By Mitla Nova “Misty” Lawson, as told to Crys Stewart

For Misty Lawson, life and those of her family are bound by a love and respect for the beauty and bounty of Vancouver Island’s rugged west coast. They’ve also got a special bond with a particular type of fish, one that’s fed their memories, passions and culinary creativity.

The ocean is a huge part of my life. I’m a whale-watching boat captain, so I show the people the beautiful area and the wildlife. It doesn’t get old. Being able to drive around in a boat and show people wildlife and being able to make a living—it’s the coolest thing ever. My husband owns a small seaplane and helicopter company, and I work there throughout the winter until the whale-watching season starts back up again in March.

My family moved to a little island offshore from Tofino, B.C., shortly before my eldest brother was born. There were no stores or cars; the only people there year-round were my dad and my mom, my younger sibling and my two older siblings. I was born in our house, while my older sister, Cosy, was actually born on the beach. At the time, I thought our life was pretty normal, because that’s what it was to us. I didn’t realize it was anything unusual until I got older.

I think one of the richest parts about living out here is being able to feed yourself from the ocean. My father and sister would catch the salmon for the year and we would jar and can and smoke and, basically, store salmon away for the winter. And my mom, being the person who didn’t want to waste anything at all, would scrape the bones of the salmon. That’s the really tender, juicy salmon meat. That night for dinner, we’d have teriyaki salmon. We would often cook it up on the beach—our local seafood dish fresh out of the ocean.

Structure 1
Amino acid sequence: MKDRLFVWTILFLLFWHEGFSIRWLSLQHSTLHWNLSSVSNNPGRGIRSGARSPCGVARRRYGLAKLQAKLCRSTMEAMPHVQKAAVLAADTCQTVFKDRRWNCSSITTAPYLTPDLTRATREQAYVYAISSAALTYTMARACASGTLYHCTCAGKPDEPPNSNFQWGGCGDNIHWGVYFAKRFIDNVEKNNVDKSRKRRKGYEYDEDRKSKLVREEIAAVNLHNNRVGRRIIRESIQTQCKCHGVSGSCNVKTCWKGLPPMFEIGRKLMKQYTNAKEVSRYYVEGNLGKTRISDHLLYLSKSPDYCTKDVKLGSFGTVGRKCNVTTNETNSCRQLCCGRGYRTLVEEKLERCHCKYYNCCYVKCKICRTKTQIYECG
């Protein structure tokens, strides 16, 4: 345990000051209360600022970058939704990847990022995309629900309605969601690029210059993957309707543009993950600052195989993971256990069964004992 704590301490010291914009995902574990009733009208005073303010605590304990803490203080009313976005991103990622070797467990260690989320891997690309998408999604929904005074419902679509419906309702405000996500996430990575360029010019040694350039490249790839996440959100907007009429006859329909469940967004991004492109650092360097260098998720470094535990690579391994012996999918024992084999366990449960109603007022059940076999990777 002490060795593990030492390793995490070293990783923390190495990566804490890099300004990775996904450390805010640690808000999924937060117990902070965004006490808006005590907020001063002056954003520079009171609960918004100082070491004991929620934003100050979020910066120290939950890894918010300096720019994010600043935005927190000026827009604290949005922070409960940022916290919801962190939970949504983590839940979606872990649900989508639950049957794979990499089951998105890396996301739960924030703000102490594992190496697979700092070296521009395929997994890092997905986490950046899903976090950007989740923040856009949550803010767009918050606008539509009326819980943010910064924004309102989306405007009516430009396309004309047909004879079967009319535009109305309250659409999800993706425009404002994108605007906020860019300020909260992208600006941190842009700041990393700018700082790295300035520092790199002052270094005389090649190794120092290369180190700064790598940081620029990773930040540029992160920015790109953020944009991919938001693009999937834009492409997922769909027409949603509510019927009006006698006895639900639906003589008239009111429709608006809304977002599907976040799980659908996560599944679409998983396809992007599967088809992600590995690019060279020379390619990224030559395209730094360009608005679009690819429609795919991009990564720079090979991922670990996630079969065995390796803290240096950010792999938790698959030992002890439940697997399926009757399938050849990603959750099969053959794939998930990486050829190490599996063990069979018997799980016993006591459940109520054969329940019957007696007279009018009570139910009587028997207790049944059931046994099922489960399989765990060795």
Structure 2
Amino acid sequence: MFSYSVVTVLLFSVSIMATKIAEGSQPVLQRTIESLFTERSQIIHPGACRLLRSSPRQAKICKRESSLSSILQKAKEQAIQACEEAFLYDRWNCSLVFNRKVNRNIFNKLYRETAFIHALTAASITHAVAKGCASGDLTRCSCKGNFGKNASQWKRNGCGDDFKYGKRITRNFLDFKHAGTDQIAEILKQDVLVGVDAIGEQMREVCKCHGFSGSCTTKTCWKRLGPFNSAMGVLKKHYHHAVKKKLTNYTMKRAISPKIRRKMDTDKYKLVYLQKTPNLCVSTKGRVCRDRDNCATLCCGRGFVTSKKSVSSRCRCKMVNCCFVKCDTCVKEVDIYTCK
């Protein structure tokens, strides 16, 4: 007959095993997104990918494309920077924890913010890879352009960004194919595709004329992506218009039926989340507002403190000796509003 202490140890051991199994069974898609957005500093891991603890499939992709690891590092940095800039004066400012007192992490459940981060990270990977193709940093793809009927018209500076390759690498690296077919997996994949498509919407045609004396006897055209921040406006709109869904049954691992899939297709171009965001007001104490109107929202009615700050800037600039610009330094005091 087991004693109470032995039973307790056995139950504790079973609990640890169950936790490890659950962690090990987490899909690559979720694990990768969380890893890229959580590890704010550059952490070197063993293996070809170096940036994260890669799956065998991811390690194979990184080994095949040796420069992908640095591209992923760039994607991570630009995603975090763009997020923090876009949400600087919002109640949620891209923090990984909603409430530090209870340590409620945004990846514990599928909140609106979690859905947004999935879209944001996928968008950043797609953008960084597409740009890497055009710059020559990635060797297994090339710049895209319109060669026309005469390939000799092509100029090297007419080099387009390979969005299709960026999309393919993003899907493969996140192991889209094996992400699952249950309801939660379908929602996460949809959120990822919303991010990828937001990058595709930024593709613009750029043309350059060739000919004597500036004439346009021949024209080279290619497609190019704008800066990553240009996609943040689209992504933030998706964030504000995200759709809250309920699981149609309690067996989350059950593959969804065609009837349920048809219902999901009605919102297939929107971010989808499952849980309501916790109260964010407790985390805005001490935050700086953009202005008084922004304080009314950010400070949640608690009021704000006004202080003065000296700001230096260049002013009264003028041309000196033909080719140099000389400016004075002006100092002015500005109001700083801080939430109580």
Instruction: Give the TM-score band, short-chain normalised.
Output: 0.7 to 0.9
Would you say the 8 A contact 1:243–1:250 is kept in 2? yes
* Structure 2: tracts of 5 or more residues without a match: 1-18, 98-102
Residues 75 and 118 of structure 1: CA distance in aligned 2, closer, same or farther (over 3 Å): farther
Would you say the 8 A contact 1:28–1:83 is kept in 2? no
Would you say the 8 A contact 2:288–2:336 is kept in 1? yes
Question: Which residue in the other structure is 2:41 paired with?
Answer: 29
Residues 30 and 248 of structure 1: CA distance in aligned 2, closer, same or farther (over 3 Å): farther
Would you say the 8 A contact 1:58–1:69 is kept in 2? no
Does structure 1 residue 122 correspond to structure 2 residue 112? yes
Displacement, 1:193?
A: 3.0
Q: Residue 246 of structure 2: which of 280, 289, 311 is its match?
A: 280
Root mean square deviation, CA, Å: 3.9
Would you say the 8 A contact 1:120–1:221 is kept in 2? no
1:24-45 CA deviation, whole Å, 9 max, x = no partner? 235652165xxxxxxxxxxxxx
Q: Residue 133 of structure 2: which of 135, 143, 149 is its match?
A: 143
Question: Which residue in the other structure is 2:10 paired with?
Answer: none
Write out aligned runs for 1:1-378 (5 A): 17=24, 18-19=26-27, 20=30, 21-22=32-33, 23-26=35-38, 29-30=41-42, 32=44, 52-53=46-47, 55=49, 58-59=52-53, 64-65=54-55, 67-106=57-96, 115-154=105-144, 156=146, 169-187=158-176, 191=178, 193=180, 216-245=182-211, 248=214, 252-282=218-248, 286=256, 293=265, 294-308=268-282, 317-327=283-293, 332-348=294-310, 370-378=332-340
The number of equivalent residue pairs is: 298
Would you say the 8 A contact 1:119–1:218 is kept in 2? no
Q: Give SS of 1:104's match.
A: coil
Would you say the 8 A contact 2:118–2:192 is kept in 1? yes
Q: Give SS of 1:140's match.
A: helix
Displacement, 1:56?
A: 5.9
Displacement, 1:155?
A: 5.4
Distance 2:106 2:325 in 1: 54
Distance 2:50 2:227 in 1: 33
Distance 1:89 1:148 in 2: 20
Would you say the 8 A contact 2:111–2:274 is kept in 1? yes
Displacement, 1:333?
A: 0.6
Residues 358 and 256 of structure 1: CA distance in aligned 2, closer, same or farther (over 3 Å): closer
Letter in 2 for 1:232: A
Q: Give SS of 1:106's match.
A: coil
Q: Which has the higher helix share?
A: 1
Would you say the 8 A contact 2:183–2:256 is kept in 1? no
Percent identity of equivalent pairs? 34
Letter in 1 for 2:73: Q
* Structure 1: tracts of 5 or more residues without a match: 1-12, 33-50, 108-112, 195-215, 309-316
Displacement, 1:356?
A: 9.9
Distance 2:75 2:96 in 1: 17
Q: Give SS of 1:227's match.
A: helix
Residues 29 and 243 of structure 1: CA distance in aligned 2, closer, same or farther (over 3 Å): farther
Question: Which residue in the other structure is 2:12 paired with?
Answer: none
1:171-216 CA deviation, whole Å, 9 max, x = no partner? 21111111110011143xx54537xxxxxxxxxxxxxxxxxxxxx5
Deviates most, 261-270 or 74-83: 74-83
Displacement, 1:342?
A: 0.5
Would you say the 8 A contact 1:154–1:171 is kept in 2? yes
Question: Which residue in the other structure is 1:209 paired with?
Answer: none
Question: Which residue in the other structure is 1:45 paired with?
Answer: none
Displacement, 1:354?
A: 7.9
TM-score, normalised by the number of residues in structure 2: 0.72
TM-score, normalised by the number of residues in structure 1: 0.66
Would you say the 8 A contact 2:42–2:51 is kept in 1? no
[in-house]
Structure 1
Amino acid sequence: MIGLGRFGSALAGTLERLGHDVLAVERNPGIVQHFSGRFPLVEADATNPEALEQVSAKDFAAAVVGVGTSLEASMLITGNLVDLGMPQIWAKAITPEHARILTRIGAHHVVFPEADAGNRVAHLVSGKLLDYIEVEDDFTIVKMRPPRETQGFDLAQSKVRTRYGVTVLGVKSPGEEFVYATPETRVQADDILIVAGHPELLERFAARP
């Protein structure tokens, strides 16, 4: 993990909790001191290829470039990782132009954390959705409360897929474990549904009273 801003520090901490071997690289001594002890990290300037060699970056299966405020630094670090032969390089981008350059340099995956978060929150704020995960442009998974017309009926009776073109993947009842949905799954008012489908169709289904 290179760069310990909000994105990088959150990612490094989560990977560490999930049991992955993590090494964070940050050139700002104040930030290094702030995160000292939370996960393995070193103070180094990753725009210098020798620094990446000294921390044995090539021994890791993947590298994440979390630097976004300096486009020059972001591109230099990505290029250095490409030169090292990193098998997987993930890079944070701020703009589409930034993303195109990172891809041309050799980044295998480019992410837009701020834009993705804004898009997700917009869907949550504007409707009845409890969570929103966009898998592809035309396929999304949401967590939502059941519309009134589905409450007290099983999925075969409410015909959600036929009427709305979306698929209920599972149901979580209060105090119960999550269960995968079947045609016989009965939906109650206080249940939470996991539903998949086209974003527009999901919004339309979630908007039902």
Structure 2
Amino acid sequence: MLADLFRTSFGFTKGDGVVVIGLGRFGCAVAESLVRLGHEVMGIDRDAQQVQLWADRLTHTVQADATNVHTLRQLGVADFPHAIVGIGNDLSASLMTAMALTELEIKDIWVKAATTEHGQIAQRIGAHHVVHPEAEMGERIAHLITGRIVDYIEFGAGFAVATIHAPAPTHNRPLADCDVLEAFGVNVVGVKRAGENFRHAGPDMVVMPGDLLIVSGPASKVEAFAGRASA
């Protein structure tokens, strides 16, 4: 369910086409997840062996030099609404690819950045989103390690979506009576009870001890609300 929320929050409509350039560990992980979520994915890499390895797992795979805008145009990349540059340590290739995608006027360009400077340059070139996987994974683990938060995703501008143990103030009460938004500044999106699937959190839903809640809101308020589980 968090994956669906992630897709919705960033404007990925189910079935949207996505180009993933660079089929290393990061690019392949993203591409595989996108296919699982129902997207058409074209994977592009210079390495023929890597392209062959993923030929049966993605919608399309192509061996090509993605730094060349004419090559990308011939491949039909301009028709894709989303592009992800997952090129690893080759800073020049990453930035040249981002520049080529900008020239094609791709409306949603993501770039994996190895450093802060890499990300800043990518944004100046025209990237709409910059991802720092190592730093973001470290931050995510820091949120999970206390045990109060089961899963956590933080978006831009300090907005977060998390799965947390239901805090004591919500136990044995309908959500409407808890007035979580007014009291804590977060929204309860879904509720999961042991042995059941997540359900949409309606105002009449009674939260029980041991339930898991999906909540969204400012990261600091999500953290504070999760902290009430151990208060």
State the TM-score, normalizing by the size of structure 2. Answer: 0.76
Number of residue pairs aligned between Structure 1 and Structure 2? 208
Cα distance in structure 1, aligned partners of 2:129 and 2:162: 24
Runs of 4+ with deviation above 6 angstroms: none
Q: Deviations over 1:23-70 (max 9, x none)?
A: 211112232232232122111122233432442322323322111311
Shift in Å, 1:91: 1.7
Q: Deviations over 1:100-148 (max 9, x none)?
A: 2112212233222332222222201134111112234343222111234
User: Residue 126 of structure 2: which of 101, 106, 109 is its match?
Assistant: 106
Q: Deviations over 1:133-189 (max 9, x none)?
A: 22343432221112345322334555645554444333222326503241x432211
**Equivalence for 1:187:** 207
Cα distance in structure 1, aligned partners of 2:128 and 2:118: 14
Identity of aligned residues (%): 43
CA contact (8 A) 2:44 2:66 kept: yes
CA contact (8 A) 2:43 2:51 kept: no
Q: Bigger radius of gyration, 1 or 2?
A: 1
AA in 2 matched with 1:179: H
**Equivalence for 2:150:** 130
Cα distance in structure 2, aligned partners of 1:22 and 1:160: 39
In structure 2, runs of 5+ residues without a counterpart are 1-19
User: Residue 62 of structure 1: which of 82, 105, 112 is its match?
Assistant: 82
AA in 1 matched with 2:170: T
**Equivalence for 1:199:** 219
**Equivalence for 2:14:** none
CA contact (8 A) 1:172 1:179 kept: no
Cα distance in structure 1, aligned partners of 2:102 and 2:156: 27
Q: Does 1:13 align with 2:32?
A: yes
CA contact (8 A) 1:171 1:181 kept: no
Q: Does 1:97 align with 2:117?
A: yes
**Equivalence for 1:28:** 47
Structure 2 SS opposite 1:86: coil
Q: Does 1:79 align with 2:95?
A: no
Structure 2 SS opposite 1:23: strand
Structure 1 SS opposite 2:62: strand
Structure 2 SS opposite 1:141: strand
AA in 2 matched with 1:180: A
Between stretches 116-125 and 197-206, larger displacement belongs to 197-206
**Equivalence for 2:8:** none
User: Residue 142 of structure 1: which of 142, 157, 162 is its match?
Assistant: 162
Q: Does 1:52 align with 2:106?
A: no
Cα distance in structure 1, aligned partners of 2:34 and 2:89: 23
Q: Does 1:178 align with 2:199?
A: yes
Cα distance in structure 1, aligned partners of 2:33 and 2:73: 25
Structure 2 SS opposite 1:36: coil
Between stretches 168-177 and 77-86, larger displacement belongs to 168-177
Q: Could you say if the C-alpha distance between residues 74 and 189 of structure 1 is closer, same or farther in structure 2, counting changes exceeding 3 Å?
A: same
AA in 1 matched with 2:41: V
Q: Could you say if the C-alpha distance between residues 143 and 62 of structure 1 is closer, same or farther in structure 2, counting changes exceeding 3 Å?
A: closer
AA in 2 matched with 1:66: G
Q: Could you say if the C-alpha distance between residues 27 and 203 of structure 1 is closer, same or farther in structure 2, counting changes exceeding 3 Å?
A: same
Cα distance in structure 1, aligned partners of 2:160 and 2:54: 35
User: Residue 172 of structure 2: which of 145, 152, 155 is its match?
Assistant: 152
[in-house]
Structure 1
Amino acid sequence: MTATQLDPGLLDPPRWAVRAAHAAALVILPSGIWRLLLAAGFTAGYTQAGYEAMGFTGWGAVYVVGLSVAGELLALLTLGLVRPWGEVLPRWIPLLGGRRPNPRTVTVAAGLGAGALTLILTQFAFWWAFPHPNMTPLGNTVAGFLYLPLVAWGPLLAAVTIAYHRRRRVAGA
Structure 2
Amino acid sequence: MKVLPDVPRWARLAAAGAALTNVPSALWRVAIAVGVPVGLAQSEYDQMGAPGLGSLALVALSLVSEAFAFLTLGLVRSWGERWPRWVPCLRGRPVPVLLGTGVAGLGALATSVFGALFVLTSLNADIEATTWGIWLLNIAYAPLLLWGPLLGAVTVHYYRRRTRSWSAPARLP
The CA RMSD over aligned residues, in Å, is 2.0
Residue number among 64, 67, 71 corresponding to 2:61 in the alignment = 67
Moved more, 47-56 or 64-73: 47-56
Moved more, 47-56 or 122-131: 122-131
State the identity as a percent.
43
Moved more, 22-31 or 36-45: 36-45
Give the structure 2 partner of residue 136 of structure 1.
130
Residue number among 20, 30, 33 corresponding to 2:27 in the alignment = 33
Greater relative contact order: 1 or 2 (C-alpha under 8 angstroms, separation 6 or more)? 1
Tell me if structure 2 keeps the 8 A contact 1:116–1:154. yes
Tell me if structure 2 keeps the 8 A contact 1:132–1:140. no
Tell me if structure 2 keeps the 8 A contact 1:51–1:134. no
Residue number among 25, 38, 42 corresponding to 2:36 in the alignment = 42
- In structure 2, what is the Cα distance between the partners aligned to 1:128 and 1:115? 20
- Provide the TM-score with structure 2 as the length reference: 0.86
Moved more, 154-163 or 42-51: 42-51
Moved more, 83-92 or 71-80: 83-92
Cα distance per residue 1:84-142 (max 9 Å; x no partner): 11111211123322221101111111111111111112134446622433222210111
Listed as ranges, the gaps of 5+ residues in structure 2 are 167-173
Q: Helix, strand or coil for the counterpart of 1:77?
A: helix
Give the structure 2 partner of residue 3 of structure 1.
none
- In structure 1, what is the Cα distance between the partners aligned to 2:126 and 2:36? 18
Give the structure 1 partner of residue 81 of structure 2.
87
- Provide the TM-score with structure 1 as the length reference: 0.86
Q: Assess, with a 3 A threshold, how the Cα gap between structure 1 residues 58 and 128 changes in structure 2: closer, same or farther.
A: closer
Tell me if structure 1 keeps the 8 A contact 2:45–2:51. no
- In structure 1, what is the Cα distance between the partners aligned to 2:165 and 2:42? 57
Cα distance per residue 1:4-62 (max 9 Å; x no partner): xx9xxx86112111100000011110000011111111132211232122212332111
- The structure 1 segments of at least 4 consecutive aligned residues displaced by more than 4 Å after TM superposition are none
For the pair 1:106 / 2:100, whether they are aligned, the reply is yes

I didn’t learn how to make teriyaki salmon until I was older and in my own house. I had to call my mom up and say, “How did you make that teriyaki?” Now, I have two young children of my own I make this recipe for, and it’s really, really easy. Mom always used good natural ingredients, such as fresh ginger and lots of garlic—usually fresh out of the garden. I think the kids like the sweetness of the sauce, and adults like the ginger part. It just kind of works for everybody.

We’re so lucky to have so much salmon that you do get inventive. My mom makes the most amazing salmon dips, jarred salmon, salmon sandwiches and smoked salmon. My parents have a beautiful little funky smokehouse they built with a little fire pit in the middle. They get green alder so it doesn’t burn but just smokes. Candied salmon is definitely one of the favourites. We didn’t realize what we had as kids. We’d be saying, “Aww, salmon again?”

There is nothing that compares to freshly caught salmon. I wouldn’t even add anything to it. If it’s caught that day, a tiny bit of salt and pepper is all you’d need and it would be the best thing you’ve ever tasted.

Teriyaki Salmon, courtesy of Misty Lawson


Prep time: 10 minutes
Cook time: 15 minutes
Yield: 4 to 6 servings

¼ cup (60 mL) butter
⅓ cup (75 mL) liquid honey
⅓ cup (75 mL) soy sauce
8 cloves garlic, chopped
2 tbsp (30 mL) freshly grated ginger
1½ lb (675 g) salmon meat

1. In heavy-bottomed pan, cook butter, honey, soy sauce, garlic and ginger over medium-high heat, stirring, until thick.
2. Add salmon; cook, turning occasionally, until fish flakes easily when tested with fork (time depends on how thick you cut the slices). Don’t overcook salmon!

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